Opinion

Choosing the right security vendor

As a security reseller, there probably is not a day goes by when you don't receive an email or a call from a vendor who is hawking the next latest and greatest technology that will make you rich, and solve the problems of every end user organisation. So the question is; what should you be selling, and pitching right now? asks Calum MacLeod, EMEA director at Venafi.

There are clearly certain "hot" topics, such as Cloud - whatever that is - and Mobile. And wherever you look, it seems like everyone is selling "Clouds", including cloud security, acceleration, storage, etc. And of course mobile device management is hot, so throw in BYOD, and before you know it, you're off and running "selling" clouds to people who bring their own devices. It sounds simple and straight forward doesn't it?

The problem is that your competitors are also out there looking for the "quick win", and my experience in the business over many years is that IT security is definitely an industry where "if it sounds too good to be true" then it generally is.

Over the past few years, there has hardly been a week when there has not been a reported security breach, and as a result there is a growing awareness that the management of security has not kept pace with the changes in the way organisations are using technology. So before you jump at the next "silver bullet", take time to talk to your customers and understand what challenges they are facing in areas such as key and certificate management.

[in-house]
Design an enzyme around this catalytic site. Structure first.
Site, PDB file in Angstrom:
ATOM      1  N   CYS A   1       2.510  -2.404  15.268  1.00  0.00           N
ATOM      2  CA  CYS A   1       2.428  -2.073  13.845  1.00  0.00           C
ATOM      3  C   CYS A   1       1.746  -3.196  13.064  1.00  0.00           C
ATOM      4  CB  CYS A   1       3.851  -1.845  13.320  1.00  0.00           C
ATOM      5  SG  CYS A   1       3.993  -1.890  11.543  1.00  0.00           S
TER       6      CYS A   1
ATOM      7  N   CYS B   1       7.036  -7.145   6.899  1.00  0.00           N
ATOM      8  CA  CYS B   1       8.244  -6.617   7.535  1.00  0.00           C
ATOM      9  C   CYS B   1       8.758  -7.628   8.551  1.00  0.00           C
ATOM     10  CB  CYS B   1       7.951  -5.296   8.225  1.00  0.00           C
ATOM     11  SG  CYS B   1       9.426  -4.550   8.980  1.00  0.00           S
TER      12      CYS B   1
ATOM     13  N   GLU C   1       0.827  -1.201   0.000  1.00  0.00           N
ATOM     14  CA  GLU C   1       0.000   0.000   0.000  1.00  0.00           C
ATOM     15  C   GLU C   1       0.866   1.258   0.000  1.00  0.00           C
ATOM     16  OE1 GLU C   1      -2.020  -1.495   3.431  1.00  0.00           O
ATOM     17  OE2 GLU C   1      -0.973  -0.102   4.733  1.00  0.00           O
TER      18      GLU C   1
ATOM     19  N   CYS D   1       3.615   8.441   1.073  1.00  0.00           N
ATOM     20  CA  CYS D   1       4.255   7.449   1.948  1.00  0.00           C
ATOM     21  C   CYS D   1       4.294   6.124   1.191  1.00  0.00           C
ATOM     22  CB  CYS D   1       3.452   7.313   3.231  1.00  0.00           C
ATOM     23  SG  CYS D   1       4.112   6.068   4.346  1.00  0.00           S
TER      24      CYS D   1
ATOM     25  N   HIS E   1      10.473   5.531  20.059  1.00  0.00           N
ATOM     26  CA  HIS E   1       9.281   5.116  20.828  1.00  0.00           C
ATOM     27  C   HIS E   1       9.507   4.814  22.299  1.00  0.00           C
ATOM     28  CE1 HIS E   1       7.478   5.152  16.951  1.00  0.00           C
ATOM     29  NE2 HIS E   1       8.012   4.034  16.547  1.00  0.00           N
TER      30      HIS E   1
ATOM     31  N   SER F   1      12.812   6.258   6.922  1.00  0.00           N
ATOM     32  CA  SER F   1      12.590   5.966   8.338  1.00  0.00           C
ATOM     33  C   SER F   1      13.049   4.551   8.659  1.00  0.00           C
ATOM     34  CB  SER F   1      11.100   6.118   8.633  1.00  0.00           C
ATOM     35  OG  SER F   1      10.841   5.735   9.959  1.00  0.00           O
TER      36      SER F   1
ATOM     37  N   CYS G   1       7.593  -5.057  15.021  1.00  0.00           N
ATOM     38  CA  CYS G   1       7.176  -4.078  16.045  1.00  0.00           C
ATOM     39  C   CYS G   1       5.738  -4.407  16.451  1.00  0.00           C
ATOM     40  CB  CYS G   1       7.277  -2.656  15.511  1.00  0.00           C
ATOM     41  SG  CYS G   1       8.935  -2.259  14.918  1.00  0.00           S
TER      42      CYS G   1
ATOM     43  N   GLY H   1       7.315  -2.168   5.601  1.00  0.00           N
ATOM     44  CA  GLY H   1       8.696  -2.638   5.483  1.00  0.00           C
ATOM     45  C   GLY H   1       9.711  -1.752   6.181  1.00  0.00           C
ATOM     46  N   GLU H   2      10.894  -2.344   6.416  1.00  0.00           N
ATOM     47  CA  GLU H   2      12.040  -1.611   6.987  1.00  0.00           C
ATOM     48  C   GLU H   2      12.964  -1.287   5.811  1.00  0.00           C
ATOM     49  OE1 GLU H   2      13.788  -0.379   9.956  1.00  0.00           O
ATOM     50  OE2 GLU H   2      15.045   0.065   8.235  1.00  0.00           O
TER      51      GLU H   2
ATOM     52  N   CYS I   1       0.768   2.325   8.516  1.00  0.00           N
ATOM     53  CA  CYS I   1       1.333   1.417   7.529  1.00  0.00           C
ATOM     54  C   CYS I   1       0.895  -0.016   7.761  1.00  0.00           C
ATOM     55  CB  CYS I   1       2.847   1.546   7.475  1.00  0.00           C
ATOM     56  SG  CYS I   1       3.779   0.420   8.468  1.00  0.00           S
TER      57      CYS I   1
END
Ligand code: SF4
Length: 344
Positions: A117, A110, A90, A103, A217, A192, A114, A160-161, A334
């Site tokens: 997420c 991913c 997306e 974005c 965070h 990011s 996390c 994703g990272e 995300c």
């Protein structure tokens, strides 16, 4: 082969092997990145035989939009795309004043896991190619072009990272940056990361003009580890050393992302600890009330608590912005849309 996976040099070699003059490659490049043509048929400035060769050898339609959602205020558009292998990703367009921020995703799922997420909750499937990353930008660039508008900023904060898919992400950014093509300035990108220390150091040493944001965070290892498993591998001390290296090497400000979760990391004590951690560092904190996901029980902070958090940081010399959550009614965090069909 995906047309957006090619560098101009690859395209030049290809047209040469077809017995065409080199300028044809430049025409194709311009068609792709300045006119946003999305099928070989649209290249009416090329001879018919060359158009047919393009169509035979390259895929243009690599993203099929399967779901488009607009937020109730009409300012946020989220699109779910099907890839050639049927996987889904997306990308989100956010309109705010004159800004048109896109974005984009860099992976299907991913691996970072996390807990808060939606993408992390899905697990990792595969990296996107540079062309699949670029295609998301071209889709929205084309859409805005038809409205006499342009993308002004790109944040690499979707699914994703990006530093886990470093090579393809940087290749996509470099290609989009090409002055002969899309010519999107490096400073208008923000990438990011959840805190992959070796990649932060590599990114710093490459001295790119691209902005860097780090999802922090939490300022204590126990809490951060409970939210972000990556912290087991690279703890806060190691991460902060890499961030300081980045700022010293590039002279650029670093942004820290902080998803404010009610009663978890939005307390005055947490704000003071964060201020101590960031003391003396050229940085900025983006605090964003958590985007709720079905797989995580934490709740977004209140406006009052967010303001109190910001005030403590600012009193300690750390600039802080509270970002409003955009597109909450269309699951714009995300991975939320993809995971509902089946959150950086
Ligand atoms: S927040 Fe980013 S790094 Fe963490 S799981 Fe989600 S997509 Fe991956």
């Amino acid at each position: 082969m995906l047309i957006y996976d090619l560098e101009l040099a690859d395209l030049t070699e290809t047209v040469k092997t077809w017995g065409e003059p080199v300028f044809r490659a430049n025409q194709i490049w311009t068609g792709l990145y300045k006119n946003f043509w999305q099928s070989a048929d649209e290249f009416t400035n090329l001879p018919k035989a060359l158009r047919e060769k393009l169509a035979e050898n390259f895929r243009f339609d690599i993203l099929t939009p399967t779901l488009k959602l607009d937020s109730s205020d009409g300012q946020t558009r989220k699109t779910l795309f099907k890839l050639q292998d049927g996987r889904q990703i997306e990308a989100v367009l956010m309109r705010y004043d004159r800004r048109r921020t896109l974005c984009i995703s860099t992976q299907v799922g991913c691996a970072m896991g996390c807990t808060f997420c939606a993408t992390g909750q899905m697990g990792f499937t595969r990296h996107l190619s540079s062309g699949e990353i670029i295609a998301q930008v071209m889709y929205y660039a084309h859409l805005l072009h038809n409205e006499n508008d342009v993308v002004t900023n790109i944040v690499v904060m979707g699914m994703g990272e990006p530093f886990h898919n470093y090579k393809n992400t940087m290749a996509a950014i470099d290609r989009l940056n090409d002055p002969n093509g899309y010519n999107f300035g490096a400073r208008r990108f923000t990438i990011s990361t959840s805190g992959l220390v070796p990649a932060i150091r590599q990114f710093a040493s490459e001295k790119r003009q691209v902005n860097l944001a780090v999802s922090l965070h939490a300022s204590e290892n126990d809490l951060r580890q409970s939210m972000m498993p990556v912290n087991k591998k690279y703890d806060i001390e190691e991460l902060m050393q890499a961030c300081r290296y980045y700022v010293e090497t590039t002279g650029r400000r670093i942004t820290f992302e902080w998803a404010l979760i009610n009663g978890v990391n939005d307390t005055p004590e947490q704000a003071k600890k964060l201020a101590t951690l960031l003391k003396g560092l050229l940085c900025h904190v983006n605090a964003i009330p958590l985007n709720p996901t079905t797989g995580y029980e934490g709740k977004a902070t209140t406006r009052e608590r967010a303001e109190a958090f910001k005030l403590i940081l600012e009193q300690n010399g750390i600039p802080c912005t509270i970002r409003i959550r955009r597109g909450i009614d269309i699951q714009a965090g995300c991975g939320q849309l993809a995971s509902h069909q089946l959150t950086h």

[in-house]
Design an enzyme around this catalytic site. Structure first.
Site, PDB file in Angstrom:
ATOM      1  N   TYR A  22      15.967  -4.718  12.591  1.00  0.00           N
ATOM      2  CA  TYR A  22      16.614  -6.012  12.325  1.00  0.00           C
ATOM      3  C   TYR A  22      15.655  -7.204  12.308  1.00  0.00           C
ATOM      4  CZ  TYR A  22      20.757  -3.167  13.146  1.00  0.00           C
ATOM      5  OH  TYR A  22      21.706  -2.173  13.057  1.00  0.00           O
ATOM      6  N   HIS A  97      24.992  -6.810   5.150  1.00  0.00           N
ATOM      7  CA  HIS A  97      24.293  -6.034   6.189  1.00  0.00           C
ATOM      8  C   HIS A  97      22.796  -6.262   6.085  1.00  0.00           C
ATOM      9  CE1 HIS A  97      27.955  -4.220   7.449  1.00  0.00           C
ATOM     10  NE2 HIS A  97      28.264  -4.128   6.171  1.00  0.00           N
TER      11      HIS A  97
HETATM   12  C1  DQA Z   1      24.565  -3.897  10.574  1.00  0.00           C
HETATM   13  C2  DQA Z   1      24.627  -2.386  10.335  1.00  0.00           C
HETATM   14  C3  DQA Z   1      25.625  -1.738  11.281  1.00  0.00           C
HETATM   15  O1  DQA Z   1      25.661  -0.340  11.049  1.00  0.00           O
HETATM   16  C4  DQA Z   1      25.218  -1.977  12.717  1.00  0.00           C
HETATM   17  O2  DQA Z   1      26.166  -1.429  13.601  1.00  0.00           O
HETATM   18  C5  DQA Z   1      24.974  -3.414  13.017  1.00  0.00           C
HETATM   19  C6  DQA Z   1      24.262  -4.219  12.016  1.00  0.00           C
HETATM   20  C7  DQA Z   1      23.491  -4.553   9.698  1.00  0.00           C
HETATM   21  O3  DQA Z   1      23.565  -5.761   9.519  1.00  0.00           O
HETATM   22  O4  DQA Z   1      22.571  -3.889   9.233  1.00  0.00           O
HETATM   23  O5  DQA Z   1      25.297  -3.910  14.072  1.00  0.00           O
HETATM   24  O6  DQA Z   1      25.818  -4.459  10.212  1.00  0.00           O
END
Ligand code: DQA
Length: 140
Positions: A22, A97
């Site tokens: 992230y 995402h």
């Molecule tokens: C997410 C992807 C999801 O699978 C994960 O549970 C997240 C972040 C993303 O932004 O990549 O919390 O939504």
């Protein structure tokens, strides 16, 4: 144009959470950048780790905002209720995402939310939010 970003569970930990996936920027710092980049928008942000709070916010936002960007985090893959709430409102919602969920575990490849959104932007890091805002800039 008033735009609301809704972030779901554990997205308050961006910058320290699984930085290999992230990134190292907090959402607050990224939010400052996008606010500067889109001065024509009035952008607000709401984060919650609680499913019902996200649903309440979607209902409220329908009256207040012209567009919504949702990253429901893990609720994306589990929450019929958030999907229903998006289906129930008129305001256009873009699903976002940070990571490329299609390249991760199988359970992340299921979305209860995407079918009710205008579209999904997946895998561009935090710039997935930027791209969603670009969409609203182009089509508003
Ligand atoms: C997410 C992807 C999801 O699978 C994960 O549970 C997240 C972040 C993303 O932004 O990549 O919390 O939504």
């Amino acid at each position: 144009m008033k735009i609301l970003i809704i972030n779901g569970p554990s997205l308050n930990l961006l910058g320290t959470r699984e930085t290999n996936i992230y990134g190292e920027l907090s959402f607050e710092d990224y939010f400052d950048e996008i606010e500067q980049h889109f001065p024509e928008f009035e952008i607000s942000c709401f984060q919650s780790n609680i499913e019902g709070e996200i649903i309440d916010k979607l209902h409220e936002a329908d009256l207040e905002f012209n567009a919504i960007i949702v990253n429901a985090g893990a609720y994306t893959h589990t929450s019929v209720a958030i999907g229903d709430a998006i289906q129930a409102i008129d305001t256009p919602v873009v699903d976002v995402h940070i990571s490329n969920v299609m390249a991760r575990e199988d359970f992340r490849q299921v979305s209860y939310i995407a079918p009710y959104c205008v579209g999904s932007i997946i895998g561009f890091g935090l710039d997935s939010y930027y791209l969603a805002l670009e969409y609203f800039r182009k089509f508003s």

And choose your partner carefully. Look for vendors with a mature solution that has already been deployed in large enterprises. With any problem, certain aspects of a solution are easier to create than others, and many vendors, especially start-ups, will look to capitalise by focussing on functionality that requires minimal R&D investment and offers a quick return. Often these solutions may appear to address your customers' needs but frequently will present major challenges during the installation and once deployed.

So look for vendors that have professional accreditation programs for partners, and who can demonstrate experience in large deployments. Ultimately you need to work with vendors who measure customer success as key criteria. The vendor who is willing to spend more time listening to your customers, and less time blowing their own trumpet, is the one you should be pitching. 

This was first published in March 2012

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